• Portfolio Reporting and Analytics: Operational platforms should be able to aggregate data from adiverse array of third parties into contextualised and intuitive reports.  These reports should include accompanying analytics that provide insight into portfolio exposures, performance and risk to support investment decision-making and client reporting.

Outsourcing certain functions  can  improve operational efficiency and allows OCIOs to focus on engaging with their underlying clients and asset managers to drive performance and build better portfolios. In addition, this serves as a valuable way of introducing an added layer of independence that can supplement governance practices and enhance stakeholder reporting.

Pillar 3: Technology

Superior information delivery systems and the ability to make data useful is a necessity in today's environment.  For OCIOs in particular, the reporting and level of oversight that underlying clients demand is typically quite complex and, as a result, the systems used must be extremely sophisticated.  Fulfilling operational  requirements demands the optimisation of existing processes through a single robust yet scalable technology platform.  Conversely, sub­ optimal technology solutions create a myriad of challenges for OCIOs which can propagate to reduce an OCIOs ability to make effective and timely investment decisions or to reduce the accuracy and integrity of their portfolio accounting and client reporting.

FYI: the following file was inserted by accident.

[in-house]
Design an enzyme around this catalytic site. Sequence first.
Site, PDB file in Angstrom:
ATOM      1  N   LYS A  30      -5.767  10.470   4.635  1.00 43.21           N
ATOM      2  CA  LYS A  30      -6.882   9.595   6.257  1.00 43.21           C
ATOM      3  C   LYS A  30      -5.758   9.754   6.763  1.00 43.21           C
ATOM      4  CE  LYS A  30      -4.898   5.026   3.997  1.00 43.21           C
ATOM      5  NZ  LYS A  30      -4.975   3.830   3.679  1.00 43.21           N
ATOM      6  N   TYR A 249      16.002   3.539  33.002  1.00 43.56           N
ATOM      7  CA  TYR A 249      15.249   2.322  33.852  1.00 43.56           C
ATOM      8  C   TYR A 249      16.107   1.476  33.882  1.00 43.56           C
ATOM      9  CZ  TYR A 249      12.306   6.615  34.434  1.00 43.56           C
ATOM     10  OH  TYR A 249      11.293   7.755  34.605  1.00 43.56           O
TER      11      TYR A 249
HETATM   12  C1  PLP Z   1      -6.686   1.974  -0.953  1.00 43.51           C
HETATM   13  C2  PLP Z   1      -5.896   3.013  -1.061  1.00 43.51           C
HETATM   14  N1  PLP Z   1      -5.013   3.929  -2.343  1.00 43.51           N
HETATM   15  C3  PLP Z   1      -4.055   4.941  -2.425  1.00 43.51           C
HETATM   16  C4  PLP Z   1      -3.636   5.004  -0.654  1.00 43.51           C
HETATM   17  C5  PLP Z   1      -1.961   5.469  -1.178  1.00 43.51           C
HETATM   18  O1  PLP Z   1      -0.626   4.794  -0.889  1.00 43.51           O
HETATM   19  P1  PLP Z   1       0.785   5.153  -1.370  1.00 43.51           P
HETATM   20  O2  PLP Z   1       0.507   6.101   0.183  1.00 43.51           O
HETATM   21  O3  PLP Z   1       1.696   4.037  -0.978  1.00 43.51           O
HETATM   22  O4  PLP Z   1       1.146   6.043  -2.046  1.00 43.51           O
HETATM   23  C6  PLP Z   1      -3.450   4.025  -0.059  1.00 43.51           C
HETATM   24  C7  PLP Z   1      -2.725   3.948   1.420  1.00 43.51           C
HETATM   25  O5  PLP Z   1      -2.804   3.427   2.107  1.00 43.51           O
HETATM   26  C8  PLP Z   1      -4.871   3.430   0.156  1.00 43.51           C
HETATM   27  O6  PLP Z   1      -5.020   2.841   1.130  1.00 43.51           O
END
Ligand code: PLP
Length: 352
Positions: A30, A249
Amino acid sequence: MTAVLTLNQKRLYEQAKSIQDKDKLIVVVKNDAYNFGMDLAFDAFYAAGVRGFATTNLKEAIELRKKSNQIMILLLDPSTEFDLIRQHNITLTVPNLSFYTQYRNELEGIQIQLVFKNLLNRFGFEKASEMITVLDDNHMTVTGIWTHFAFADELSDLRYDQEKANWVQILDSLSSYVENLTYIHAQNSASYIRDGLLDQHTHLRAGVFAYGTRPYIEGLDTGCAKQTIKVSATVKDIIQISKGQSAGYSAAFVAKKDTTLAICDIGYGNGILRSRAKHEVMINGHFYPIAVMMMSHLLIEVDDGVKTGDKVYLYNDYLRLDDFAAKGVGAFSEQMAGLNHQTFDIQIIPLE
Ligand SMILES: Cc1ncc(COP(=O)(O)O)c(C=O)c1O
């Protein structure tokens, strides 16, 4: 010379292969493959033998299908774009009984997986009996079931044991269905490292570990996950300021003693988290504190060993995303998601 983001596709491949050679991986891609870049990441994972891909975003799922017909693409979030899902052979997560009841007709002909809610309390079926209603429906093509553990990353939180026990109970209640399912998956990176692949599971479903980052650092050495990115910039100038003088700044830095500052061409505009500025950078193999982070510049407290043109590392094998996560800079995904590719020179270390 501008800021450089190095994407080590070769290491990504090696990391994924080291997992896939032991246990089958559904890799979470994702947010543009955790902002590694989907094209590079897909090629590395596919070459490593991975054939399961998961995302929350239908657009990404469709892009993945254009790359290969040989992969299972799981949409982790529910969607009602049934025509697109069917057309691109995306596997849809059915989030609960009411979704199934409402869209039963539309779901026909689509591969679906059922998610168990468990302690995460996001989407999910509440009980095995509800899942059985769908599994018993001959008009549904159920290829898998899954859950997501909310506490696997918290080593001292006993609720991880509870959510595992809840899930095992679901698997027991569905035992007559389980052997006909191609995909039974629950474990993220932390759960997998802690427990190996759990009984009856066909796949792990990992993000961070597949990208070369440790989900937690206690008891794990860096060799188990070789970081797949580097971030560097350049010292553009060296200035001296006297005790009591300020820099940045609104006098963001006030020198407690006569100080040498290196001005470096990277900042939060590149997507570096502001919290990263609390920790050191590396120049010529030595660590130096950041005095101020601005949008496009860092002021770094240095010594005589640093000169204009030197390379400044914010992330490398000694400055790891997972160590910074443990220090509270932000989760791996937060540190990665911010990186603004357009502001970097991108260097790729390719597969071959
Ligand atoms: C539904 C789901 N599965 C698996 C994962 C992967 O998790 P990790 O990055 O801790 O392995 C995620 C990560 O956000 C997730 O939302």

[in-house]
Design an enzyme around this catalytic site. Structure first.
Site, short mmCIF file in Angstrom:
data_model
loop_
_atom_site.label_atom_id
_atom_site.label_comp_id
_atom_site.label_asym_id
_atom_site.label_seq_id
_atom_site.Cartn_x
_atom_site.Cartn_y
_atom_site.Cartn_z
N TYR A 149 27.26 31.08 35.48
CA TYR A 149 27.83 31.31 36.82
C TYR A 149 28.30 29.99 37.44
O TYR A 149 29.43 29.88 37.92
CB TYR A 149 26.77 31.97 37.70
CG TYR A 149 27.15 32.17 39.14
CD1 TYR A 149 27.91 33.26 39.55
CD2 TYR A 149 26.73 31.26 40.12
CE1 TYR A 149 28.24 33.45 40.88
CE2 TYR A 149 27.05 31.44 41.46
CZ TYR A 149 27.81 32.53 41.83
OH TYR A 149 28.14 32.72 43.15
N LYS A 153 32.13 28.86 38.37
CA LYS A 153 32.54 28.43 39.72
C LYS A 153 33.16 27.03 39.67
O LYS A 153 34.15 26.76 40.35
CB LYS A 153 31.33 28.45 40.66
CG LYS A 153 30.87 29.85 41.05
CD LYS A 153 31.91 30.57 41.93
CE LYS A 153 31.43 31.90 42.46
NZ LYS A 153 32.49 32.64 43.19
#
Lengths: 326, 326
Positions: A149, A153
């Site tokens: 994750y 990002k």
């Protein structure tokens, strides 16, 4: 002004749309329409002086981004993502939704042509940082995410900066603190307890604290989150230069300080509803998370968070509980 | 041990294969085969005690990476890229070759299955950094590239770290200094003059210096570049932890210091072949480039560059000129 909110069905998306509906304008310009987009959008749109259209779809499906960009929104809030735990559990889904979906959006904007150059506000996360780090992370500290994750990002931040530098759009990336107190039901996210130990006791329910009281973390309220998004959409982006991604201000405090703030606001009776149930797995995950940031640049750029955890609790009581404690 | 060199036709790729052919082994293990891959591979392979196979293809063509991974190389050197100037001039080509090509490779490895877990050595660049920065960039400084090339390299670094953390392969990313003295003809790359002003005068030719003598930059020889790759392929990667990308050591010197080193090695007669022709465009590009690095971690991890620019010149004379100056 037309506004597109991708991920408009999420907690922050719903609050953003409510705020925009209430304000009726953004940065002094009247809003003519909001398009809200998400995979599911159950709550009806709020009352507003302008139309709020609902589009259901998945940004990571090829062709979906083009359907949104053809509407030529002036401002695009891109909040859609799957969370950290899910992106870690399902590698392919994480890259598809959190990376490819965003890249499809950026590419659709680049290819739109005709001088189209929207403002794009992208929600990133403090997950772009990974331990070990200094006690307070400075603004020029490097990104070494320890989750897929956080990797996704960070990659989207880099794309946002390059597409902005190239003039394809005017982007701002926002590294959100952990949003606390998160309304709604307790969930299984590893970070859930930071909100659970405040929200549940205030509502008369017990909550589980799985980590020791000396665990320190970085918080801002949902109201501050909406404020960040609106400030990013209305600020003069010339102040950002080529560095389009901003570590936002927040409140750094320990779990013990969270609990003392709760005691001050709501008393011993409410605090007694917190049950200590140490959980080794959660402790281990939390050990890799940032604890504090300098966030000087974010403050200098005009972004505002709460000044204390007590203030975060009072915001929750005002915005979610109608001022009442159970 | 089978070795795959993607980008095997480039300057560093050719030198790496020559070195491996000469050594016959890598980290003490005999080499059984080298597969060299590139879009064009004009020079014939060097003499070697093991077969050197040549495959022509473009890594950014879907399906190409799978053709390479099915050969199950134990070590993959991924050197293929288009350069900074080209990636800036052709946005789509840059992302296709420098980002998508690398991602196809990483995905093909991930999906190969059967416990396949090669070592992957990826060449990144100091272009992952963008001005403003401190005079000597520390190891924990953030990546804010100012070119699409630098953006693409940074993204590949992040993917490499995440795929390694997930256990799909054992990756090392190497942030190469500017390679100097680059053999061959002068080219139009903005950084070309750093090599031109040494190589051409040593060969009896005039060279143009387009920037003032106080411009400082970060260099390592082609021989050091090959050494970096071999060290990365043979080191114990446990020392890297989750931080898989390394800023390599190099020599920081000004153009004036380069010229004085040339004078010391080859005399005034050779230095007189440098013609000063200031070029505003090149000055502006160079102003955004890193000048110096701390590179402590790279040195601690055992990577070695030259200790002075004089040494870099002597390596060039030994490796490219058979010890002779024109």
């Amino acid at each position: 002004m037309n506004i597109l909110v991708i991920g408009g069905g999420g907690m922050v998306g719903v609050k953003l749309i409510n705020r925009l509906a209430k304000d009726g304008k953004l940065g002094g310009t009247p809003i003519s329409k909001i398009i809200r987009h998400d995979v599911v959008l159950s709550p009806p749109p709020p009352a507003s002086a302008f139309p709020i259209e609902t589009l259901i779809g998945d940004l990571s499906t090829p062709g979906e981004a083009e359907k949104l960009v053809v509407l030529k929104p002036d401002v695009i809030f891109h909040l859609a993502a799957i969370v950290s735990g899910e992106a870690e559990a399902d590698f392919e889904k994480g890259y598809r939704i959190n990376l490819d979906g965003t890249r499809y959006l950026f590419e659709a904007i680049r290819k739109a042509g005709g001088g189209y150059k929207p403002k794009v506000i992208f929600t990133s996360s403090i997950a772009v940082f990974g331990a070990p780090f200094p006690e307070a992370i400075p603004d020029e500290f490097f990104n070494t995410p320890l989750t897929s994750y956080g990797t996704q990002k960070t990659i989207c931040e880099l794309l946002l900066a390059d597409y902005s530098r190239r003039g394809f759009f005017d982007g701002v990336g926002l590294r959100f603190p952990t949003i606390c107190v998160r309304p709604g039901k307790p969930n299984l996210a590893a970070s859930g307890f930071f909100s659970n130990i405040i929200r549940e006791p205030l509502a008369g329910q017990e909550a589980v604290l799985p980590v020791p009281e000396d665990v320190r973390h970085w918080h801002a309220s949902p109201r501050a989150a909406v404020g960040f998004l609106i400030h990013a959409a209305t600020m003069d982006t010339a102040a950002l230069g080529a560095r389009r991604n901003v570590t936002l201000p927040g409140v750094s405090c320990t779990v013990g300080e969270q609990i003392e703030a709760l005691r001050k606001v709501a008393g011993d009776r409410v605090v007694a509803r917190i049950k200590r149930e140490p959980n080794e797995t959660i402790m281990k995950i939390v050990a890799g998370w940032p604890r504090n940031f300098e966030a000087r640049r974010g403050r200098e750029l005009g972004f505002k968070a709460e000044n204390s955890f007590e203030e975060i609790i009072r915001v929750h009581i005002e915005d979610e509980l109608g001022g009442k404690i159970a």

Given increased complexity and competition across the industry, OCIOs are unquestionably under more pressure than ever before.  The capabilities of an OCIO are determined by their ability to provide services tailored to the individual needs of a wide range of clients. This is something that can only be accomplished by a significant investment in resources and systems.  With this in mind, many OCIOs find it useful to outsource specific processes and engage third party experts who provide proven operational and technological solutions.

As investors are turning to OCIOs to manage their increasingly complex investments, OCIOs in turn need partners who can support the nuances of their businesses. Recognising each OCIO's unique needs and the individual nuances of their business processes, the Maples Group provides expert support and dynamic solutions customised to meet the structural, operational and technology needs of their clients. These bespoke offerings are scalable and designed to evolve to meet future requirements while delivering optimal solutions for the current environment.